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Ingmar BergmanIngmar Bergman is one of the giants of cinema, to the point that some images from his films have become so iconic as to make up a visual shorthand, possessing an allusive quality (the Knight playing chess with Death comes to mind.) The Swedish filmmaker directed over 40 narrative features and documentaries, both for film and TV, in his 61-year career, and was also a prolific theater director. In 1975, he sat down with students from the American Film Institute, and now a 40-minute audio recording of their conversation is available online. It’s a remarkably open and candid talk from a master director, and required listening for any fan, student of cinema, or lover of movies. More »

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Paul Thomas Anderson That Moment documentary MagnoliaWhether or not it’s your cup of tea (or should I say milkshake?), Paul Thomas Anderson’s Magnolia remains one of the defining films of the late 90s, and an important work in Anderson’s career. Director Mark Rance documented the entire production in his film That Moment: Magnolia Diarywhich, if you haven’t seen it already, is now online in all of its 72 minute glory: More »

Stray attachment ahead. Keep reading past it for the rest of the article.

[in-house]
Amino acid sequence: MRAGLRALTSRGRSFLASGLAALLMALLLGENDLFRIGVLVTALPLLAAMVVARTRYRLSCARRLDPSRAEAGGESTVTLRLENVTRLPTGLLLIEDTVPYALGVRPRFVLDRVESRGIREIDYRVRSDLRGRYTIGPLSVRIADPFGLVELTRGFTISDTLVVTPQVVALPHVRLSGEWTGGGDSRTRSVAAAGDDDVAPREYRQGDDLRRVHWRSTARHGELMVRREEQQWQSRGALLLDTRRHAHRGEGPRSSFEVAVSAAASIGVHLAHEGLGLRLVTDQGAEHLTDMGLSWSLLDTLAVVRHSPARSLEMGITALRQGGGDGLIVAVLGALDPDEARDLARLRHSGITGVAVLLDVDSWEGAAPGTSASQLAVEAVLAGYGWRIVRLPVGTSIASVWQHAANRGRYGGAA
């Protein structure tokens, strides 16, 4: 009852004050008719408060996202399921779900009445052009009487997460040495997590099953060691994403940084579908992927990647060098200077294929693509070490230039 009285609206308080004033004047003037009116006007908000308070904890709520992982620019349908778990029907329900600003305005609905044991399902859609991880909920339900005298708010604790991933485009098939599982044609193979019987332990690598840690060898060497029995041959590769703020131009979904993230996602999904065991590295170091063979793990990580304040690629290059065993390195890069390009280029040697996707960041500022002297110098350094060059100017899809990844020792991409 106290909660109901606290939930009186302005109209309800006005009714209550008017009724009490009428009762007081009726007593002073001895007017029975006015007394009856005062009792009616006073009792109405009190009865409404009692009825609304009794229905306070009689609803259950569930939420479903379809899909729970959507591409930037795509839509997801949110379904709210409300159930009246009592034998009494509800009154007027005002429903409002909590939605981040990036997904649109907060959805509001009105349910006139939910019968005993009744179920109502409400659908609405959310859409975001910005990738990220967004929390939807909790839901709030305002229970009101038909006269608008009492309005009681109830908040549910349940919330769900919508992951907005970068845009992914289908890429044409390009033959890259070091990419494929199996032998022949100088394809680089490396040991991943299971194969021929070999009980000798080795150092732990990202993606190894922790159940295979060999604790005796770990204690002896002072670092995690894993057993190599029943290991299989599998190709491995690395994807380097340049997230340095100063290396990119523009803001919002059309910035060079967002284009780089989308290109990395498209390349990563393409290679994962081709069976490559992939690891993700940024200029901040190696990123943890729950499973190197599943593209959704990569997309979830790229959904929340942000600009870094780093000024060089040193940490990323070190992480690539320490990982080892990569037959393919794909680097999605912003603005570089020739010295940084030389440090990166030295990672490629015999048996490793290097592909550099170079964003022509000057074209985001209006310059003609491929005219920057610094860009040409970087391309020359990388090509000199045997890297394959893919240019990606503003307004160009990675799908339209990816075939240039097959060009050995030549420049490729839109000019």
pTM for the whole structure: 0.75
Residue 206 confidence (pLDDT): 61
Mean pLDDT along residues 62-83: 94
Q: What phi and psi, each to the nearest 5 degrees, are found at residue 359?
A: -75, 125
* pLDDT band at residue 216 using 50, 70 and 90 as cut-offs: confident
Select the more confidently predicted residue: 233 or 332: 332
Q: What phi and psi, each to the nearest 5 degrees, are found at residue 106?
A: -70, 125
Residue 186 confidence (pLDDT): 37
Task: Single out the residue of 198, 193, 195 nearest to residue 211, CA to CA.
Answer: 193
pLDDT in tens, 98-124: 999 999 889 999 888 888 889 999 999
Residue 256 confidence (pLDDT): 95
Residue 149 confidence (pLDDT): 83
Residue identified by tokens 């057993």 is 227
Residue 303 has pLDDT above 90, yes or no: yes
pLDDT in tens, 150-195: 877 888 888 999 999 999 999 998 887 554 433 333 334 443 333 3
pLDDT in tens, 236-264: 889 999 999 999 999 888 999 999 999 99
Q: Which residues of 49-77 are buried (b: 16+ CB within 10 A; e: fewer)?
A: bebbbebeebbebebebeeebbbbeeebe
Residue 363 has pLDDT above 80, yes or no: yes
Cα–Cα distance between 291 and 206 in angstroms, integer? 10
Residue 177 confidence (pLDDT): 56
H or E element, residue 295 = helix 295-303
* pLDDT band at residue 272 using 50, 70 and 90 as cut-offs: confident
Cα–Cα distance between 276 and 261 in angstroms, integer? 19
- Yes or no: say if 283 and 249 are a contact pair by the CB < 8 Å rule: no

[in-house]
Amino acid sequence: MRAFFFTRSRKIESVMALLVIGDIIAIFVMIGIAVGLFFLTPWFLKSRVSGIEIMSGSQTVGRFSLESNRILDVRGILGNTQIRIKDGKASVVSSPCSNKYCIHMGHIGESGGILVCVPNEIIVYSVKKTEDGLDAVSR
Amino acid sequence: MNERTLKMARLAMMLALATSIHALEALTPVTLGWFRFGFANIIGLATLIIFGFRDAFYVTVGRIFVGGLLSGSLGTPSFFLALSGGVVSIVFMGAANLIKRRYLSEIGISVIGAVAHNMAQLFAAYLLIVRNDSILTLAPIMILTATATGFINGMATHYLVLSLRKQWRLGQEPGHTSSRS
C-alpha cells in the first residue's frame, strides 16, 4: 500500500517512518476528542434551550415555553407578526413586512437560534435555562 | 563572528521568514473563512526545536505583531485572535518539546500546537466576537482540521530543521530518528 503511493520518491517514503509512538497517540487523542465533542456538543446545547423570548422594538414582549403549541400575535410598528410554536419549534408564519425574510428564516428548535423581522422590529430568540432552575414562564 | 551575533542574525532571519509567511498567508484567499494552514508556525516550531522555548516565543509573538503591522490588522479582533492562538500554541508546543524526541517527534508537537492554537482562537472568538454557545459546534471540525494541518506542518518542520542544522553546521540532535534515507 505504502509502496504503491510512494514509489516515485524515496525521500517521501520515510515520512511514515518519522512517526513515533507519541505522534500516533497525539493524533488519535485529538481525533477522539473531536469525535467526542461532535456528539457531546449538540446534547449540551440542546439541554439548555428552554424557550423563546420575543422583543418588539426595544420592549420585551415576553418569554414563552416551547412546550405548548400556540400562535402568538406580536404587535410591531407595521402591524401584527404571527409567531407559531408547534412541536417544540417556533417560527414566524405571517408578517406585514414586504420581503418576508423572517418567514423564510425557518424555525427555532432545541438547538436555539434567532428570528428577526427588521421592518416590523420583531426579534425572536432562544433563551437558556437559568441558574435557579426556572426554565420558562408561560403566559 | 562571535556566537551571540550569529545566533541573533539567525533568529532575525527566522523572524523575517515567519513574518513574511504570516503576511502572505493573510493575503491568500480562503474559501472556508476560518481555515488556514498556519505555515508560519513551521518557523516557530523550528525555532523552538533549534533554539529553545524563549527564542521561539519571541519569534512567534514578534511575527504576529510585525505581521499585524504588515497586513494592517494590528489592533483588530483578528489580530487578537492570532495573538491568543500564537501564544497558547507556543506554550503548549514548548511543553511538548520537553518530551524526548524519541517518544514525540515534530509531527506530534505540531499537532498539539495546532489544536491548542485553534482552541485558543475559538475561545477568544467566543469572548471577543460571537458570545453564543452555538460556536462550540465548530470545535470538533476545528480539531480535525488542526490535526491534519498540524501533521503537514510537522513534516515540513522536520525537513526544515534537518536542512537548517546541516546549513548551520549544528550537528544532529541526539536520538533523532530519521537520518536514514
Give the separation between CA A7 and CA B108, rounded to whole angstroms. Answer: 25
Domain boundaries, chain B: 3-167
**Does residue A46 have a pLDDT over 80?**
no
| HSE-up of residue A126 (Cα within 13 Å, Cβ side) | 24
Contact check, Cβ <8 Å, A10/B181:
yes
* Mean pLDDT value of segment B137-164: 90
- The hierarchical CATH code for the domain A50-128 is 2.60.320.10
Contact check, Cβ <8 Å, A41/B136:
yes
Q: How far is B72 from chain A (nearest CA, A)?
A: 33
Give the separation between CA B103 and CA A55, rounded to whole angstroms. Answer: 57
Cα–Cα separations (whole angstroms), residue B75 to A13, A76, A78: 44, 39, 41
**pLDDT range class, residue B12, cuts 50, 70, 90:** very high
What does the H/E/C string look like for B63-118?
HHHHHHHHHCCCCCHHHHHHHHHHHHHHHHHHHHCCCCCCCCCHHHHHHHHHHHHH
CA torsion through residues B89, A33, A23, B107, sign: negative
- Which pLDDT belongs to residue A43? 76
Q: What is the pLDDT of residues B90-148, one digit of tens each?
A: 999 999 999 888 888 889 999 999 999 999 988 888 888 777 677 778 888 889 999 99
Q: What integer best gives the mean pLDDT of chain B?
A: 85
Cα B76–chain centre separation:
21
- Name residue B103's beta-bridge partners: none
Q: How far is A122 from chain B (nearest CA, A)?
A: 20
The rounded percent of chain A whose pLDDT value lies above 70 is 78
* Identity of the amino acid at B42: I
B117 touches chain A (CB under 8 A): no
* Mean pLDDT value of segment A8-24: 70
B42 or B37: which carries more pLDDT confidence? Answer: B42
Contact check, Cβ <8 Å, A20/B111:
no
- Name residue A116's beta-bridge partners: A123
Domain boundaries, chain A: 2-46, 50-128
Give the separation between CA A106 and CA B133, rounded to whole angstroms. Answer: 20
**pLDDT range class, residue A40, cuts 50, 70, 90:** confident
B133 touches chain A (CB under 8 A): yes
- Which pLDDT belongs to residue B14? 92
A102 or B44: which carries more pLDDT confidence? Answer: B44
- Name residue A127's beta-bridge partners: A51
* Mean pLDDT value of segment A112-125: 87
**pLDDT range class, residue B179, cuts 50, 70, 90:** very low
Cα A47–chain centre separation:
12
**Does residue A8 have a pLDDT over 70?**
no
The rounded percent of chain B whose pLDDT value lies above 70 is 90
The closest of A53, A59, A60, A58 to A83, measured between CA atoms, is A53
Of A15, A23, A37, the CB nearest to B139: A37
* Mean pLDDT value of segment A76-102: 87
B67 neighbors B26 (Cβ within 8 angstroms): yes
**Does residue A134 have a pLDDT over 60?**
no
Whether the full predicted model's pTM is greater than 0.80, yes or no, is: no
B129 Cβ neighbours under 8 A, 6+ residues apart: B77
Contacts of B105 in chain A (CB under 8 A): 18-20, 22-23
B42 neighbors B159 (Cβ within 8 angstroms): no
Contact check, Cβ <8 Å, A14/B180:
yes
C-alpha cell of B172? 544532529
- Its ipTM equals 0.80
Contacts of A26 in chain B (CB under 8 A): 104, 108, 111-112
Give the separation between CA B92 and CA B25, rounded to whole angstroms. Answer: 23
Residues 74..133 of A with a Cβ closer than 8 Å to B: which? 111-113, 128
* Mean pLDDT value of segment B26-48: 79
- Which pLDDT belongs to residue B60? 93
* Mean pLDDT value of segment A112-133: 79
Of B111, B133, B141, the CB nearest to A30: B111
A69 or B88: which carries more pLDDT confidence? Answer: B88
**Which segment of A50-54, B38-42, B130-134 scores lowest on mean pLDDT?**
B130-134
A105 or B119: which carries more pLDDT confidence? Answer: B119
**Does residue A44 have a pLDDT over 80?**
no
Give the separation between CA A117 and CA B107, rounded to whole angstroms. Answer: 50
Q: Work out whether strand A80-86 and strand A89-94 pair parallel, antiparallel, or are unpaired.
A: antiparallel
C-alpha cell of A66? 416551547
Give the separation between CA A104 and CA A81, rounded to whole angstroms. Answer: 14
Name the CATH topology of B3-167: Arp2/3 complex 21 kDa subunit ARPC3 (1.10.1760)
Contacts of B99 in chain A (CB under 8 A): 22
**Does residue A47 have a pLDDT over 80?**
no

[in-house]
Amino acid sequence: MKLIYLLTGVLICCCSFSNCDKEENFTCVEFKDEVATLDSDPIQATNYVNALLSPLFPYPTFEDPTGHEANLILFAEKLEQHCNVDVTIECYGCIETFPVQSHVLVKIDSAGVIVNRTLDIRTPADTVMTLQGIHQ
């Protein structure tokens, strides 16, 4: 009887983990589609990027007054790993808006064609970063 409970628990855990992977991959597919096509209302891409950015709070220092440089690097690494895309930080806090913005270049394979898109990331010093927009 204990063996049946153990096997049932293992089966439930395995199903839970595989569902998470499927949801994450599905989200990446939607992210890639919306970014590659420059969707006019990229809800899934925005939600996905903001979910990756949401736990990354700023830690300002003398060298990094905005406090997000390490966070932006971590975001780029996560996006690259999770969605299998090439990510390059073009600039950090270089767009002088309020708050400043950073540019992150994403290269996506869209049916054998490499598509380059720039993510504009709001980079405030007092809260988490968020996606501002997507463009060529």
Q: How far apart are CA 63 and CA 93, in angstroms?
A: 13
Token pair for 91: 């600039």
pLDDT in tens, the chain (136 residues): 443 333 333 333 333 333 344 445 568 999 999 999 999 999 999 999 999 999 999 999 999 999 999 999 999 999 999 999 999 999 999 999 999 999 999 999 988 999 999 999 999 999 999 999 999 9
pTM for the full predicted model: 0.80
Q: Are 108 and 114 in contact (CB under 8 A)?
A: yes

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Wim WendersThere isn’t a movie in all of cinematic history that can truly be called perfect, but there are certainly some steps we as filmmakers can take to make the process of making one a little bit more so. In this TV spot for the fancy-ish non-domestic Stella Artois, renowned director Wim Wenders shares a bunch of advice on how to approach filmmaking — if your goal is to make cinematic perfection, of course. More »